Sunshine Coast women will have more help to escape domestic violence and rebuild their lives with the opening of a new women’s wellbeing service funded by the Palaszczuk Government.
Speaking at today’s (8 August) official launch of Laurel Place’s new Sunshine Coast Women’s Health and Wellbeing Service, the Minister for the Prevention of Domestic and Family Violence Di Farmer said the initiative provides longer term support for women and their children recovering from their experience of domestic and sexual violence and trauma.
“Laurel Place has been doing great things in the DV space for some time now, working with women and children who need support,” she said.
“This year, we’ve invested $2.4 million for Laurel Place to extend that support through a range of new services which include the new Sunshine Coast Health and Wellbeing Service.
“Through the new service, Laurel Place will support women in a range of ways depending on their individual needs.
“That might mean help to secure safe housing or to re-enter the workforce, or it might mean assistance to access health services like alcohol and drug support.
“It also includes counselling to help women move through trauma, and parenting support to help them rebuild their family.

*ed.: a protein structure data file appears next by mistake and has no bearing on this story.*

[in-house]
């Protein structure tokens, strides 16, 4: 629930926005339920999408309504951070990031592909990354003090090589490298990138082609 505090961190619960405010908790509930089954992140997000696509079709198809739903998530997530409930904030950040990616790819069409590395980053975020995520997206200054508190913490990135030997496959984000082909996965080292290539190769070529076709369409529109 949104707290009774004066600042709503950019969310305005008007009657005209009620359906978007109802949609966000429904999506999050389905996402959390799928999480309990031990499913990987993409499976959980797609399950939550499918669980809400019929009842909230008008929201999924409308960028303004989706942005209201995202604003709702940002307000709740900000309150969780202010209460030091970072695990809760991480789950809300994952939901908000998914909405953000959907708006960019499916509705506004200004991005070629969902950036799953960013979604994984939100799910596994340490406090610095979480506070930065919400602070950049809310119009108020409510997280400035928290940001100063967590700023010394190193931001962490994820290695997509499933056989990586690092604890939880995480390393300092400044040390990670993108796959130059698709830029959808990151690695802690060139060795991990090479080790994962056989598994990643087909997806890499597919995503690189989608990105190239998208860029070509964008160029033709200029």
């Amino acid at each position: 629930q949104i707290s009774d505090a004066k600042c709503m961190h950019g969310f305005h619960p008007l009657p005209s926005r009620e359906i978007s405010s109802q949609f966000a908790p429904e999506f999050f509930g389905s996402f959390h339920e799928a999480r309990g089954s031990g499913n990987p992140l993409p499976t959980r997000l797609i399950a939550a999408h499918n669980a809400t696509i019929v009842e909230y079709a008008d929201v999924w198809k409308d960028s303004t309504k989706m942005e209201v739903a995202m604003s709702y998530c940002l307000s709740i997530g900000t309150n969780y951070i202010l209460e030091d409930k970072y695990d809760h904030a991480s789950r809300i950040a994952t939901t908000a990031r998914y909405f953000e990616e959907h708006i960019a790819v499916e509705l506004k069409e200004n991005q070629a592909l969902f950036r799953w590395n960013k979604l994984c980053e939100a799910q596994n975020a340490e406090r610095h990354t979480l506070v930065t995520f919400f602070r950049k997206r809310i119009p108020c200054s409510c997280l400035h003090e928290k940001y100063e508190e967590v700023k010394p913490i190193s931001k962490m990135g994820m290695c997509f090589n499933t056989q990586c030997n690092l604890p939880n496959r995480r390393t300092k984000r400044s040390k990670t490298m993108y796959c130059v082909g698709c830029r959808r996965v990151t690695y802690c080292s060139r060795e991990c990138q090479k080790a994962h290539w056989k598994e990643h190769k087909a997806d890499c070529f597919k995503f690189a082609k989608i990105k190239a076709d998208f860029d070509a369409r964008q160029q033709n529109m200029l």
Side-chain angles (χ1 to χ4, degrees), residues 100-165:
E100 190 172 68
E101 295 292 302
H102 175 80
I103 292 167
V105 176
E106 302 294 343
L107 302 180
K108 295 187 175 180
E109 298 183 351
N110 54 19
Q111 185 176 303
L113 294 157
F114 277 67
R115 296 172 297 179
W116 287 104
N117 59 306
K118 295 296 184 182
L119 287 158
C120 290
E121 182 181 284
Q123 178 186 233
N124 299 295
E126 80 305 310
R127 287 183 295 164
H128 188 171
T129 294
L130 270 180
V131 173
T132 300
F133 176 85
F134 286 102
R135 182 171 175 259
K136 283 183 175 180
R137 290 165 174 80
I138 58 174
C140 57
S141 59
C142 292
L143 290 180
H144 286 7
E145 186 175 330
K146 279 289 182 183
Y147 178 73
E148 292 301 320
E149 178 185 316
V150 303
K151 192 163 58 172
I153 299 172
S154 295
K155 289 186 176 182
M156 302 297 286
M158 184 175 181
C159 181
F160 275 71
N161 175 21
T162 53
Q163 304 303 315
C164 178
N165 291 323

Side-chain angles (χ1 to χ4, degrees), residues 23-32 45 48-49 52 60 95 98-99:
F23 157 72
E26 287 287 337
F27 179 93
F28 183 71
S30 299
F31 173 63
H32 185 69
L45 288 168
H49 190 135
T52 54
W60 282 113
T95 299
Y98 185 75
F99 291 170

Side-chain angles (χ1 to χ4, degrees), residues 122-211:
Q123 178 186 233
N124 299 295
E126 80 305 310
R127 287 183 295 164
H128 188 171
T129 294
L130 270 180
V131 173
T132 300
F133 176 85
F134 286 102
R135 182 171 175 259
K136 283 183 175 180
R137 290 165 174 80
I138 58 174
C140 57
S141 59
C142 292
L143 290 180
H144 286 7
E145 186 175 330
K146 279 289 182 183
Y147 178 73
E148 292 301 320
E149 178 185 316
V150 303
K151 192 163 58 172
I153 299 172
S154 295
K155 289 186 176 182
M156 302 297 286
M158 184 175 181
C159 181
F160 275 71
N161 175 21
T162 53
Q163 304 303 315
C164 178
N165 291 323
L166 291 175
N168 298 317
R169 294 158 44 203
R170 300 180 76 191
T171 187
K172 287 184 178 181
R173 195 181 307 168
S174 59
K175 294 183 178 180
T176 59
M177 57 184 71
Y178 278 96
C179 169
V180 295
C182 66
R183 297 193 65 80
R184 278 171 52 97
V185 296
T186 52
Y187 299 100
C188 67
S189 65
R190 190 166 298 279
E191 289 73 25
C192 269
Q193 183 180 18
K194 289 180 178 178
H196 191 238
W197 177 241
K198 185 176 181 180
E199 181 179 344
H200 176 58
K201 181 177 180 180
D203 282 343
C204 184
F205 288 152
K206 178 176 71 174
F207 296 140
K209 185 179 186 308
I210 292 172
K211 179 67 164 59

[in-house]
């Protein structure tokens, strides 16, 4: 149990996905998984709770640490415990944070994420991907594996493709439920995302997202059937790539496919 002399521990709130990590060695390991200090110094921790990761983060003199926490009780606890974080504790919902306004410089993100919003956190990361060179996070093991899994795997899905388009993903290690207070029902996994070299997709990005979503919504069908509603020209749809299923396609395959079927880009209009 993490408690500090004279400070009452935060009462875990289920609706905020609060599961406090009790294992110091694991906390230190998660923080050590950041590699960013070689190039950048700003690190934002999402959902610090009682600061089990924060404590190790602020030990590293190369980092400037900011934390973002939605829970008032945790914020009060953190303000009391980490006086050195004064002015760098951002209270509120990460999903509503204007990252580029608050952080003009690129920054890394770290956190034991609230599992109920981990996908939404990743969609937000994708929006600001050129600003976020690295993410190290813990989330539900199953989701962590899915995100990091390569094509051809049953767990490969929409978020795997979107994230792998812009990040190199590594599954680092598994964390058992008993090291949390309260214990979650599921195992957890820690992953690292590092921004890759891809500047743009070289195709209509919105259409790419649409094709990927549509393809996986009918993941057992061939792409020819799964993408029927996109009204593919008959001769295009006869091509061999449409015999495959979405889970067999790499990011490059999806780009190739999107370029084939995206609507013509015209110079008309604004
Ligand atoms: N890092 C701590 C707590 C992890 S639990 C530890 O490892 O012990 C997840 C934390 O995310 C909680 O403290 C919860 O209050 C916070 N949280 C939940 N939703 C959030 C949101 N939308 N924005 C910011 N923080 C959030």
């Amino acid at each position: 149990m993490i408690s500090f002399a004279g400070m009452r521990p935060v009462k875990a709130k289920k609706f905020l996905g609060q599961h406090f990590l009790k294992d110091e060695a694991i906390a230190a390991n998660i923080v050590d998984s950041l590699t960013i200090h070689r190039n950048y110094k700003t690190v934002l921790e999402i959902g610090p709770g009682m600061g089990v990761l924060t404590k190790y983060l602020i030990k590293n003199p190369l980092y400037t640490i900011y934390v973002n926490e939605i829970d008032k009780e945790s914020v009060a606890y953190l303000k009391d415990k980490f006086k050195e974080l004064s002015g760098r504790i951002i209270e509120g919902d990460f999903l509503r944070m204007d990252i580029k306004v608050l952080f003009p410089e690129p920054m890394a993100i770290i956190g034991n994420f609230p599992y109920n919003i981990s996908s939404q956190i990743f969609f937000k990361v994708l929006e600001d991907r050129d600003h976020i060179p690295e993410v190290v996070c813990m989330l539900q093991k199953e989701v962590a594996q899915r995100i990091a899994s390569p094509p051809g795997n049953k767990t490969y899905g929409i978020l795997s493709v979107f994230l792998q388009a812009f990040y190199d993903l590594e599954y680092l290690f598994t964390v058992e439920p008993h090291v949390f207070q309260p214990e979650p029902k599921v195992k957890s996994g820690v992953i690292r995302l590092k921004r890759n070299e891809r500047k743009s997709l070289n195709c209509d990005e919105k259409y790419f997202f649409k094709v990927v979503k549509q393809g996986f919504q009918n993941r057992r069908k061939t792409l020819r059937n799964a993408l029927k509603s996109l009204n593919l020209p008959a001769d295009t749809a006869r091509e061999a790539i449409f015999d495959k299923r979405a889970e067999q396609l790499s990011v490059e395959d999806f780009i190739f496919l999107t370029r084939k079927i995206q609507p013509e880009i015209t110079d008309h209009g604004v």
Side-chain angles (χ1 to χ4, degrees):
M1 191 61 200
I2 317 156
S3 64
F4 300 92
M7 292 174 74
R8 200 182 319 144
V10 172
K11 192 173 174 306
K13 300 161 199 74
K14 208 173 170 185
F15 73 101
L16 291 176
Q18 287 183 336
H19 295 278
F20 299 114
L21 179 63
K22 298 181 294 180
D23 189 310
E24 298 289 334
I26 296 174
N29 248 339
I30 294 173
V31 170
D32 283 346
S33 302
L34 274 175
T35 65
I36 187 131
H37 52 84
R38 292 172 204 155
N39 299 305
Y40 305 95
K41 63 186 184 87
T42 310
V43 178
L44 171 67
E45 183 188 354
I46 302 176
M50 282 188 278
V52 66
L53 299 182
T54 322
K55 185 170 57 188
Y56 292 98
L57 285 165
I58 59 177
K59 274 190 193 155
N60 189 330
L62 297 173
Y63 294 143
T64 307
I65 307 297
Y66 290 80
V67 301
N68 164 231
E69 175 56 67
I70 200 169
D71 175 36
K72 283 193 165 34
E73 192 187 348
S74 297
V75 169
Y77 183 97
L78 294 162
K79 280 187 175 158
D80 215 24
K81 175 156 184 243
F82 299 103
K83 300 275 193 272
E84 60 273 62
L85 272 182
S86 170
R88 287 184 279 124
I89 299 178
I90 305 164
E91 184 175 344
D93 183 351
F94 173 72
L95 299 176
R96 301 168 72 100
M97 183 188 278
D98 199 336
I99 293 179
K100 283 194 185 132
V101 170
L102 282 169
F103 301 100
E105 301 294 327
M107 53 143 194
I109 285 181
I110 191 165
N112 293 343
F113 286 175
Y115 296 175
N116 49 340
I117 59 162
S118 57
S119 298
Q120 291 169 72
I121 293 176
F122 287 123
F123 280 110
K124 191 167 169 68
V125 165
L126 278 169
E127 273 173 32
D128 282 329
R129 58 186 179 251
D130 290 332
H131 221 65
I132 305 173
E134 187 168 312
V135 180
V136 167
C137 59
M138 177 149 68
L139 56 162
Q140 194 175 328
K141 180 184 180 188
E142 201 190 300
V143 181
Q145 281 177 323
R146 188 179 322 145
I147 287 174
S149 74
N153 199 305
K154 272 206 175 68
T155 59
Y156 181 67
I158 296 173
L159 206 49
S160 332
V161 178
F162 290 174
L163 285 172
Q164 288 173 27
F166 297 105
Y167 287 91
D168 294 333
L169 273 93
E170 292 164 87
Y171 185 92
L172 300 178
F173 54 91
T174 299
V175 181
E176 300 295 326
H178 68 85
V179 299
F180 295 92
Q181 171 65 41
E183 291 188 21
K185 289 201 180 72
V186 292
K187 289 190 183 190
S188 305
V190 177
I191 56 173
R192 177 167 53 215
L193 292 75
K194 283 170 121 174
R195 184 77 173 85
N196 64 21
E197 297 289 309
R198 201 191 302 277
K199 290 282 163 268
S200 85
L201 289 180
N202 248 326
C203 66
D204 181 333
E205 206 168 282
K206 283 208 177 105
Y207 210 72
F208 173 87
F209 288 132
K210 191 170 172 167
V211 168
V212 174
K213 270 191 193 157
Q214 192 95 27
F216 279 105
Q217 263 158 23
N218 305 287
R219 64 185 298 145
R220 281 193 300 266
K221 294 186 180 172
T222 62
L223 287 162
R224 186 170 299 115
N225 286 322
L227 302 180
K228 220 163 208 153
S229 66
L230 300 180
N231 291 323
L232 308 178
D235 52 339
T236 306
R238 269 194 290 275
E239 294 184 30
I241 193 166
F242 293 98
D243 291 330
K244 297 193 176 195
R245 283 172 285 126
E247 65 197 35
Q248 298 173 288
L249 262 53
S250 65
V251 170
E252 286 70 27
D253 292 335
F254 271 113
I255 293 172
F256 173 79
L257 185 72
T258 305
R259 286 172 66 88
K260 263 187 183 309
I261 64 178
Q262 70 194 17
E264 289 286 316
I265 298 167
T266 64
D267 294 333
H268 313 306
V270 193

“The service will operate from a home base at Maroochydore, but importantly will also provide outreach programs in the community so that women who can’t attend the Maroochydore office in person can also access support.”
Karren Aspinall Executive Director of Laurel Place said for over 35 years the service has been providing speciality support to the Sunshine Coast and Gympie and more recently Caboolture and South Burnett communities.
“Our approach to working with clients is based on an understanding that every woman’s journey to recovery is different,” she said.
“Our staff employ a trauma informed approach to work with clients towards re-building and re-establishing their lives free of violence.”
Ms Farmer said the Sunshine Coast initiative was one of 10 Women’s Health and Wellbeing Support Services operating state-wide.
“Our investment in ending domestic and family violence has been largely crisis driven, focused on helping victims stay safe,” she said.
“This new service recognises the impact of women’s experience of violence and trauma and the effect it has on their health and wellbeing now and into the future.
“Addressing these issues is critical to helping women recover and to re-establish their lives free from violence.”
Ms Farmer said the Palaszczuk Government had invested almost $330 million to implement the recommendations of the landmark Not Now, Not Ever report, with 104 out of 121 recommendations for government now complete with the remaining 17 underway.